It won’t write your message for you, but once you know where you want to take your congregation, it will help you structure your approach to training them to take action in your community.

Over at Church Planting Village (dot net), there’s a discussion and set of tools for ministering to the multihousing community. That’s the generic term for apartments, condos, residence hotels, and campgrounds, places where lots of people live close together “with shared amenities.” They define the opportunity this way:

Sixty percent of the unchurched population in North America, some 120 million people, lives in multihousing communities. Left unevangelized, that figure could rise because the numbers of people in multihousing communities, which include apartments, condominiums, manufactured housing, and public housing, is increasing.

Our tradition methods of evangelizing are geared to families living in the suburbs or rural communities. But that’s not where the prospects are. If your church is near one of these multihousing communities, and your attendance is dwindling, you might consider establishing a ministry there.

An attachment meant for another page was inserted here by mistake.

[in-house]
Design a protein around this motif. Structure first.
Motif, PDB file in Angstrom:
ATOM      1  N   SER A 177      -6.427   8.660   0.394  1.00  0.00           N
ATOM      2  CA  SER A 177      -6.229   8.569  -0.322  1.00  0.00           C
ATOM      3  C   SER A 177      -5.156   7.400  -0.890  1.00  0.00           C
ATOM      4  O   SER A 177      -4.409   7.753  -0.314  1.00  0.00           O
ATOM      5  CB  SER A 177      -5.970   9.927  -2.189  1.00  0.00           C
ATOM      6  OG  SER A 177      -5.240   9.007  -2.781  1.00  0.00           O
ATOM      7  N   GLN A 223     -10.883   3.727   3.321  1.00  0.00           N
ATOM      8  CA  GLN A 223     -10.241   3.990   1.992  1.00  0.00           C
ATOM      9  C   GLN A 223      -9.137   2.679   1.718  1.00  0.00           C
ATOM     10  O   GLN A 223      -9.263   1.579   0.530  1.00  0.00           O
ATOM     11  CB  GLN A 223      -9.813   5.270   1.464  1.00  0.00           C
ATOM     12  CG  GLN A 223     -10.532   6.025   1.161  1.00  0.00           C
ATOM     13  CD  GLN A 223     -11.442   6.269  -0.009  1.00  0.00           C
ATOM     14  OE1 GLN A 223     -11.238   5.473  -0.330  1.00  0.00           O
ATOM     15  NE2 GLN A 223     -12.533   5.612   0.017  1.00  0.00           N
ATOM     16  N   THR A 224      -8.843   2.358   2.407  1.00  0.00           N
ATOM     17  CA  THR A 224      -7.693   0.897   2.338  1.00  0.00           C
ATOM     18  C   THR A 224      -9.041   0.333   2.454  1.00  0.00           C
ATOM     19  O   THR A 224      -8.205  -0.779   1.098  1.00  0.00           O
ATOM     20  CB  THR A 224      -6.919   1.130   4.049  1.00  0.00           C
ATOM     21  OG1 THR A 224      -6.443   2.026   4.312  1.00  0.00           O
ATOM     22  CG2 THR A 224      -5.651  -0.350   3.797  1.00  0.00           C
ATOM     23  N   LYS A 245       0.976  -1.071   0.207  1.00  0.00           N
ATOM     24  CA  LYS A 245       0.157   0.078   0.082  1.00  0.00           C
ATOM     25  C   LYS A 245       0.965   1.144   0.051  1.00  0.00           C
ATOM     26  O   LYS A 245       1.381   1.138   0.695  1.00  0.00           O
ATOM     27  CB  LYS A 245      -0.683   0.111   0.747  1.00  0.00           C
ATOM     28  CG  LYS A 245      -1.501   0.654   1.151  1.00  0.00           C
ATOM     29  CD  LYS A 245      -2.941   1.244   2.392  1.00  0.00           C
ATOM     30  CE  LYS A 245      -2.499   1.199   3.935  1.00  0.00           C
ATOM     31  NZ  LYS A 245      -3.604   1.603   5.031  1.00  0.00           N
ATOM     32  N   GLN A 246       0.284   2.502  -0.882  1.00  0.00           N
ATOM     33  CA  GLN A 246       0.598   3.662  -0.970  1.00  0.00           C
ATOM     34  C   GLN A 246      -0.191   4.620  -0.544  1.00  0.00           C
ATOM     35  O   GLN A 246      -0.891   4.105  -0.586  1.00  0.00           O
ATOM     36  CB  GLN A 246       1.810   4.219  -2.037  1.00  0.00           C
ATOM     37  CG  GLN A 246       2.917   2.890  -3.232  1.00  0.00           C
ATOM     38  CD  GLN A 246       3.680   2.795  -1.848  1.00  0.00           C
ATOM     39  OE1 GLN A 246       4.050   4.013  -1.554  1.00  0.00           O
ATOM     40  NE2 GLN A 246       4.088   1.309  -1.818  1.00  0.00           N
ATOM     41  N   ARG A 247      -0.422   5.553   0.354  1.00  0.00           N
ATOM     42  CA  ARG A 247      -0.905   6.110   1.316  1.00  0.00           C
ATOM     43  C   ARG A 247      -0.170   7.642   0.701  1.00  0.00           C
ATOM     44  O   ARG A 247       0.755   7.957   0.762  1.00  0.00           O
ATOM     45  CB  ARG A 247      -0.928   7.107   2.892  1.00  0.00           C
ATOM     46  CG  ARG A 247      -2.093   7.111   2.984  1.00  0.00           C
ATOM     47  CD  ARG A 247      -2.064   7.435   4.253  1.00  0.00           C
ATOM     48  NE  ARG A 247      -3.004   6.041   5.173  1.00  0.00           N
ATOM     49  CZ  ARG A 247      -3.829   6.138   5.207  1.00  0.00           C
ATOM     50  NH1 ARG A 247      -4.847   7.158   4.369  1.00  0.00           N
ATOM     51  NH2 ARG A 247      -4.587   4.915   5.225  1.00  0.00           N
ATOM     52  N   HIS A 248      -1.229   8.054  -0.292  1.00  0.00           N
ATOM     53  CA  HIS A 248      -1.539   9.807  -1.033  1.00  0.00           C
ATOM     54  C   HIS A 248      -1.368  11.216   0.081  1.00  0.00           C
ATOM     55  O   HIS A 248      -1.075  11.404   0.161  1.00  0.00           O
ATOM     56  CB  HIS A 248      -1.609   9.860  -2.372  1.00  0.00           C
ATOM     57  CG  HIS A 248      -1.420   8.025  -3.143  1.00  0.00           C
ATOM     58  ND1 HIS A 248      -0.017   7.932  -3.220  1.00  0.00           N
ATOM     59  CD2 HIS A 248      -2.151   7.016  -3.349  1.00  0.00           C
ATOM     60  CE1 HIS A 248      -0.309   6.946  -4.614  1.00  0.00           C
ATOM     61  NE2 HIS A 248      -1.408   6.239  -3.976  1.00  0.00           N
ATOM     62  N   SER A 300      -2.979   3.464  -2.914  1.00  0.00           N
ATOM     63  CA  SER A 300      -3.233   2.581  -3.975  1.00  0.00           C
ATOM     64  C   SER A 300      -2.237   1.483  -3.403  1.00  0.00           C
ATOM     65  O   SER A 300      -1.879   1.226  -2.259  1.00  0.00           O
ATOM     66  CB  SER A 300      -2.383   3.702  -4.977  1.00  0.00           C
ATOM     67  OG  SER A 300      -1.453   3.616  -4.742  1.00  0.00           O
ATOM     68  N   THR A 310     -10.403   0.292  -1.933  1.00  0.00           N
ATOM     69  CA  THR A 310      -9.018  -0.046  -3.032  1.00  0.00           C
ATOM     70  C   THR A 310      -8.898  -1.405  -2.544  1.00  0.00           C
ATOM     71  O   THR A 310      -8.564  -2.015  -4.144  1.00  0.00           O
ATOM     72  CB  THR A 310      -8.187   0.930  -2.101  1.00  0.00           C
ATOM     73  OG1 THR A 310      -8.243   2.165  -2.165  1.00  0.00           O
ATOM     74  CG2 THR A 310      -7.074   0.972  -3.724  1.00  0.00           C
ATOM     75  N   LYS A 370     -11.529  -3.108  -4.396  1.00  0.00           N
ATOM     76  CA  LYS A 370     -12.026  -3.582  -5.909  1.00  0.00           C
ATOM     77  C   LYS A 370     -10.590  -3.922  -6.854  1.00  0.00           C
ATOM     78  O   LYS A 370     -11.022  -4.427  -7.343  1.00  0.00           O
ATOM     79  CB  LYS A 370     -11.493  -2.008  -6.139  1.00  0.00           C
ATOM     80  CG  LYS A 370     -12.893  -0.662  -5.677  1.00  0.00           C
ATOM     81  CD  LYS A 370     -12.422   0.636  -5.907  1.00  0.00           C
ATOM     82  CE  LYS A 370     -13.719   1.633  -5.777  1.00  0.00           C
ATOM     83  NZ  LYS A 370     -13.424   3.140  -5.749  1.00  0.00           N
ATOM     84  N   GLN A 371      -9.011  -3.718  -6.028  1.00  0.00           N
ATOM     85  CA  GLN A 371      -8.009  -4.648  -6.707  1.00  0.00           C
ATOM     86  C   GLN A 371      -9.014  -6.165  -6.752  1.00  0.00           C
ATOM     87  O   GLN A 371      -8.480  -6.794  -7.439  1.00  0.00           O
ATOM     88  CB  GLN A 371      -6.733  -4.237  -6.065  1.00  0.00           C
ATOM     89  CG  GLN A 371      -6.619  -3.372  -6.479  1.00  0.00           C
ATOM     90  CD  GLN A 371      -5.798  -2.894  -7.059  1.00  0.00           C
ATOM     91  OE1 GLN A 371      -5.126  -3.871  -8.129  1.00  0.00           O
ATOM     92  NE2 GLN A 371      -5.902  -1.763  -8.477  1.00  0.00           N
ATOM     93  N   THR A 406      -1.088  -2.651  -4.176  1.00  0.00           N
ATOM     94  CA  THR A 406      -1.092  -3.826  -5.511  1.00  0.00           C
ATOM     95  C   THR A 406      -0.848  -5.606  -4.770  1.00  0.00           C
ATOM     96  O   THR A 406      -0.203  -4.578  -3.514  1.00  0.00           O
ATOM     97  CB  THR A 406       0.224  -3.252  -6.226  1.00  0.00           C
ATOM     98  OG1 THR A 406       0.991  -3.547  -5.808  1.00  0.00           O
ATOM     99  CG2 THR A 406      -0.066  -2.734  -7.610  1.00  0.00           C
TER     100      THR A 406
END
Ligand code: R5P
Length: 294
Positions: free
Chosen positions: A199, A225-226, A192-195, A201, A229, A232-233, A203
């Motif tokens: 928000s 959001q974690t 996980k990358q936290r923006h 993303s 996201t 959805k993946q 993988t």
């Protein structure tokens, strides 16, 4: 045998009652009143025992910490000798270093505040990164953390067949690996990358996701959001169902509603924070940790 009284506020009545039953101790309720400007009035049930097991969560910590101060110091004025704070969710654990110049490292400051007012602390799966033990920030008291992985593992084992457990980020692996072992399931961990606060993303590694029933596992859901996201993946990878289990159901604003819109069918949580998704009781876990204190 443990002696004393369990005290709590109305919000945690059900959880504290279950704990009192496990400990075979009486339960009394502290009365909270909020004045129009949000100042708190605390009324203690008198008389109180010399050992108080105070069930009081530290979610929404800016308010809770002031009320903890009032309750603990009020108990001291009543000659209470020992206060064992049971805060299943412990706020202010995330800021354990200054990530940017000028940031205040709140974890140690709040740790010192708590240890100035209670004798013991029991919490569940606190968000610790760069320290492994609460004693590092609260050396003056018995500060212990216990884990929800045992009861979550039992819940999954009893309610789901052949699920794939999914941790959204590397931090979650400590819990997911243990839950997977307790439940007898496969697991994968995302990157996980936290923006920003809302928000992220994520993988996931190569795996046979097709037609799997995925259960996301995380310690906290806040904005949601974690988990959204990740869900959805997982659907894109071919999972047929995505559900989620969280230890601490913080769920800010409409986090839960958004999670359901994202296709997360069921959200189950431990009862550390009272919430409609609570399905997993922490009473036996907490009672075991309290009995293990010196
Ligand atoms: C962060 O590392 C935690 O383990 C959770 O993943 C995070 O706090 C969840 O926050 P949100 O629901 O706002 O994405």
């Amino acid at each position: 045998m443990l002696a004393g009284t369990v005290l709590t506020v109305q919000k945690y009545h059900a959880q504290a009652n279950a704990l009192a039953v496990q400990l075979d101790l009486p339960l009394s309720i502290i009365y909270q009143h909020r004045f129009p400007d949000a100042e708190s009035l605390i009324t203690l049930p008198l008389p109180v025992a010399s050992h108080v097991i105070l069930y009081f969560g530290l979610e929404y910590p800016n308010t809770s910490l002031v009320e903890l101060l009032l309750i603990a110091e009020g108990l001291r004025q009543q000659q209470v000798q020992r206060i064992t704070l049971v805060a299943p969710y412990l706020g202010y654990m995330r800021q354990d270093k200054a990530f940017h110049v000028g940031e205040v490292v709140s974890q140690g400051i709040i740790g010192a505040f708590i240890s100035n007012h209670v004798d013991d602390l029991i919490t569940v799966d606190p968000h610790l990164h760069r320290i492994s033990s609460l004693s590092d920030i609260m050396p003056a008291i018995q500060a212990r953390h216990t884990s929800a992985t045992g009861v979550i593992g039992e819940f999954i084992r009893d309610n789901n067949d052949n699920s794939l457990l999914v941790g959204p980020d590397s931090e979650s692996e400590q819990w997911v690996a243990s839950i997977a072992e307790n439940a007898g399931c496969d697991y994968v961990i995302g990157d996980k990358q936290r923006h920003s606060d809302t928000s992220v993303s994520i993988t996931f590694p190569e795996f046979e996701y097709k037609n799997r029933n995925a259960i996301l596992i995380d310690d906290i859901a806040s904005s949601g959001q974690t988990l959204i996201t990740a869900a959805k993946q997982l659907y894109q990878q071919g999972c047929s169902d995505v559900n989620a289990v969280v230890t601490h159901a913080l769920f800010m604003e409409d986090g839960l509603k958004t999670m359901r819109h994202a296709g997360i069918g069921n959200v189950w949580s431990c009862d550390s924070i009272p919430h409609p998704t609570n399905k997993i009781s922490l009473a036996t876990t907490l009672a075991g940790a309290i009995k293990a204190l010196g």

As the site says, it will take some time building relationship with the manager, because if you try overt evangelism in today’s security-conscious environment, you will be asked to leave and not allowed back. Short, focused meetings about setting up a Bible study or social / service project should be the topic. Don’t worry about evangelizing the owner right away. Rather, focus your attention on showing how what you do benefits the tennants. Things like:

  • backyard Bible club to keep the kids occupied for a few hours a day. This is either a full-week VBS-style camp or a once-weekly break for the parents.
  • laundry support ministry
  • Mobile food kitchen
  • Educational classes on site

Ask the manager what services the tennants would benefit from, and let the Spirit lead on how you can fill those needs.

Once you have a beachhead established with one or more tenants, they become the site hosts and the funnel for future ministry, and the opportunity opens to bring them into the full fellowship of your congregation.

You can find the resources here.